Former Canon User with D800 First Impressions

Started Apr 4, 2012 | Discussions thread
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FractalMan Junior Member • Posts: 46
Former Canon User with D800 First Impressions

D800 First Impressions (got it this morning)

Having been a Canon 1Ds Series user for many years, switching to Nikon has been an interesting move. My intent here is to describe the positives and negatives of my experience. Up front I will have to admit that I have not taken any serious photos yet – the weather is a snow and rain mix and the mountains in this beautiful Boulder Colorado area are covered with clouds. Fortunately this gives me a chance to learn all those things which come from hands-on discovery and reading user manuals.

User Interaction

In the computer industry, there is a tendency for competitors to copy each other, especially regarding the user interface and user interaction methods. There is a general standardization of how to do things. Not so between Nikon and Canon. Cripes, the first thing I did was try to take the lens cap off and found that the on/off direction is opposite! How does that happen? I grew up with “Righty Tighty” and “Lefty Loosey”. Maybe Nikon is the only “Righty Loosey” and “Lefty Tighty” company in the world. I am sure I will get used to it – not a big deal.

What is a big deal is the great accessibility of functions on the D800 compared to the 1DS. For example, to setup Bracketing, Image Quality and Mirror Up on the D800 there is a nice multi-function dial; whereas on the Canon you need to go into the Menus on the LCD and wander around for a while. In fact, Mirror Up and Bracketing settings are Custom Functions which take up to 17 steps in the menus to get to the settings.

Nose Screen

The D800 comes with a plastic monitor cover which at first I didn’t like so I took it off. However, as soon as I looked through the eyepiece, I left nose prints on the LCD. Oh, how I hate that! No amount of rubbing it with my shirt helps because every time I look through the eyepiece again it leaves another nose print. I put the Nose Screen back on and found that not only does it protect the monitor from nose prints; it also has a magical anti-nose print capability! Marvelous!

Eye Cover

The 1Ds comes with a comfortable and effective eye cover. The D800 does not. What’s with that? I suppose they had to cut back on something in order to price it for less than half of the 1Ds.


Of course the D800 is a much smaller camera than the 1Ds since it doesn’t have the built-in battery grip. I can compare the grip to the 5D II however. The D800 grip has sharper edges and provides a better place for my thumb on the back. My initial impression was not so good; but after holding and shooting a bit, I must say I like the D800 grip better.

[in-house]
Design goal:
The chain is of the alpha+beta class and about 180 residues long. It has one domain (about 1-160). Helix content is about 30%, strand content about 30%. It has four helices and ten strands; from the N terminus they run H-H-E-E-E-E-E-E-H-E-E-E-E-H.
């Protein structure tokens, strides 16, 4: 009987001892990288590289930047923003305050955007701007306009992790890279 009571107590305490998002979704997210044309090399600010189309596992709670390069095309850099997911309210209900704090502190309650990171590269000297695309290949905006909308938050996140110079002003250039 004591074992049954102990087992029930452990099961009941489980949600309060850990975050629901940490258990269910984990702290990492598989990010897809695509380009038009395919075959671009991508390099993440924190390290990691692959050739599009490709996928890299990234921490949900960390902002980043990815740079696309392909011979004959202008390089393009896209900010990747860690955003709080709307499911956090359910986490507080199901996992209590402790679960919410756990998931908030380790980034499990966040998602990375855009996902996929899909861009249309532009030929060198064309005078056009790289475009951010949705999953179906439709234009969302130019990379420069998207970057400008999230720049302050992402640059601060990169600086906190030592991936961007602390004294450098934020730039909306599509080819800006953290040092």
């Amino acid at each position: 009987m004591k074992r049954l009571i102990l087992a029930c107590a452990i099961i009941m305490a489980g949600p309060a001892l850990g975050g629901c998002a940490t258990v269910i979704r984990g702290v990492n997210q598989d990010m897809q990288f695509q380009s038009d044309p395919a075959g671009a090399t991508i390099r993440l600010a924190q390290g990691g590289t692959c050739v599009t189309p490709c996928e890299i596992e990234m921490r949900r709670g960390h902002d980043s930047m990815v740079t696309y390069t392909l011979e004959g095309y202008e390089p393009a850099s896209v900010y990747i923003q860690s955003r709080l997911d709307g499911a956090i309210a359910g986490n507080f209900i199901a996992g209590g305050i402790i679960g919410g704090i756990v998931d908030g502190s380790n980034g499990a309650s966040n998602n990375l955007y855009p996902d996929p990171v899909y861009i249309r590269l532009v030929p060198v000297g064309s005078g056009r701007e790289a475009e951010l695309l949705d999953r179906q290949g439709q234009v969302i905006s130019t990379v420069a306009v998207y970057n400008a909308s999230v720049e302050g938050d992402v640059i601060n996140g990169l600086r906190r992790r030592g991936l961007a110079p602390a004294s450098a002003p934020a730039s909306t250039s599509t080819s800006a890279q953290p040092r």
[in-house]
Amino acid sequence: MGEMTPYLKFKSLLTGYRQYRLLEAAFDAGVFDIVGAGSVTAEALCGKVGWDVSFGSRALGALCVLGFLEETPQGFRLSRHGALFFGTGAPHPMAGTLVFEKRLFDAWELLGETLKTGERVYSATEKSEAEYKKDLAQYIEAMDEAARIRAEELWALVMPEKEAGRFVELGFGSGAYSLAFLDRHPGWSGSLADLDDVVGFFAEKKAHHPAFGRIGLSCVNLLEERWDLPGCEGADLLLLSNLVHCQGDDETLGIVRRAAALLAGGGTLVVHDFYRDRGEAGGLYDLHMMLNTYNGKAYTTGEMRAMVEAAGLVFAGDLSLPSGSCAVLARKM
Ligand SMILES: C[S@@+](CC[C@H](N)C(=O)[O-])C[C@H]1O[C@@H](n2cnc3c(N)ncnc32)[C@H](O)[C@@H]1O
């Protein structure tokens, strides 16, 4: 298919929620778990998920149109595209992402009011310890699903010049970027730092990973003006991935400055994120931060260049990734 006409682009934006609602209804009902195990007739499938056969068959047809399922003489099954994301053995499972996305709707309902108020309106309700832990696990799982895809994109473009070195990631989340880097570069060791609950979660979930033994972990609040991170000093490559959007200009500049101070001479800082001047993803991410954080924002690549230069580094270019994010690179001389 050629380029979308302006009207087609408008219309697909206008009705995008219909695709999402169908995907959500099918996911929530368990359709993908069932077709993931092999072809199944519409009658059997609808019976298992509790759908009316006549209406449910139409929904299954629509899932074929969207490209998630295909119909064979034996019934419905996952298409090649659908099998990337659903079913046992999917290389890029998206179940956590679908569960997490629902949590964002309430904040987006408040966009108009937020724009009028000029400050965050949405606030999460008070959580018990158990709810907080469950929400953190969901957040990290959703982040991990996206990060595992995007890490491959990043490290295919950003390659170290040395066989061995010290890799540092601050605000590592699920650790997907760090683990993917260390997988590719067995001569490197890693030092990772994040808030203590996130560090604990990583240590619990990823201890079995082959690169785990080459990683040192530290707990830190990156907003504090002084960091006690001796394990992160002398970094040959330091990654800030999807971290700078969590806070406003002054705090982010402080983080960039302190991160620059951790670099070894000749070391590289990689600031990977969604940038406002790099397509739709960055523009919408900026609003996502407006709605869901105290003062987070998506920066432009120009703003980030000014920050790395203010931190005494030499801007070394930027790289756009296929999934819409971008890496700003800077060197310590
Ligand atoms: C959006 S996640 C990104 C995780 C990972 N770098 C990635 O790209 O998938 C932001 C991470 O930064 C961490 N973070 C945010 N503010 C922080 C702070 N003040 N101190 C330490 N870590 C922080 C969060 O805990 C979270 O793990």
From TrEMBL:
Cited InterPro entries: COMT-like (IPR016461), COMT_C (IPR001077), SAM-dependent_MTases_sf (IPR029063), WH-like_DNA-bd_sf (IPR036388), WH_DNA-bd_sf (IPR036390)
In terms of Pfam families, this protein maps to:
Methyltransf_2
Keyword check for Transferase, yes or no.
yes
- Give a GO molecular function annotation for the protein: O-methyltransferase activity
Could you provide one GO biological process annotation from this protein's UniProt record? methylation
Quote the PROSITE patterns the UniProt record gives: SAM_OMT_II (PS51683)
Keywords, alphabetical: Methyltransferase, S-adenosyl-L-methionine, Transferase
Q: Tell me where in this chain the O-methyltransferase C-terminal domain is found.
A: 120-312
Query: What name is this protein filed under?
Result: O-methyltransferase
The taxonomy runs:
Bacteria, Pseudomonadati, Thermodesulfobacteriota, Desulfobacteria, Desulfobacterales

Being primarily a landscape and cityscape photographer, I haven’t used a flash very much. Especially with the 5D and 1Ds, the lack of a built-in flash means I would never use a flash because I really didn’t want to carry one around with me. Ok, I am a bit lazy here, please forgive me. Having a built-in flash on the D800 means that I now have one available for those rare moments when it is needed.

Hand Strap

The 1Ds comes with a really nice hand strap that conveniently wraps around my wrist while I hold the grip. It is now on my D800 and will remain until I can find one with a Nikon logo on it. Wow, does this mean I can’t sell my 1Ds until if find a replacement hand strap?


I found the menus on the D800 to be generally intuitive with one exception. The Shooting Menu Bank (A thru D) is a good idea; however, if you try to rename one of them and misspell a word, it is apparently impossible to correct. You have to exit the menus and start over. Even that is not sufficient all the time. To remove a letter that you don’t want, the only thing I could figure out was to add spaces before the undesired letter until it fell off the edge of the screen. Maybe there is a better way to do this; but it certainly is not intuitive (nor is it described in the User’s Manual).


LOVE this feature – on one shutter release it takes two images with a + and – exposure (user defined) then merges them into one file. I did a quick test by taking an HDR image of a window to the outside. It did quite well not overexposing the outside and it also allowed for seeing the inside of the room without underexposure. I will have to try this with different settings, but to easily expand the dynamic range, it looks really nice.


That’s all for now folks. I am pleased with my D800 and can’t way to get out and take some photos!

Canon EOS 5D Canon EOS-1Ds Nikon D800
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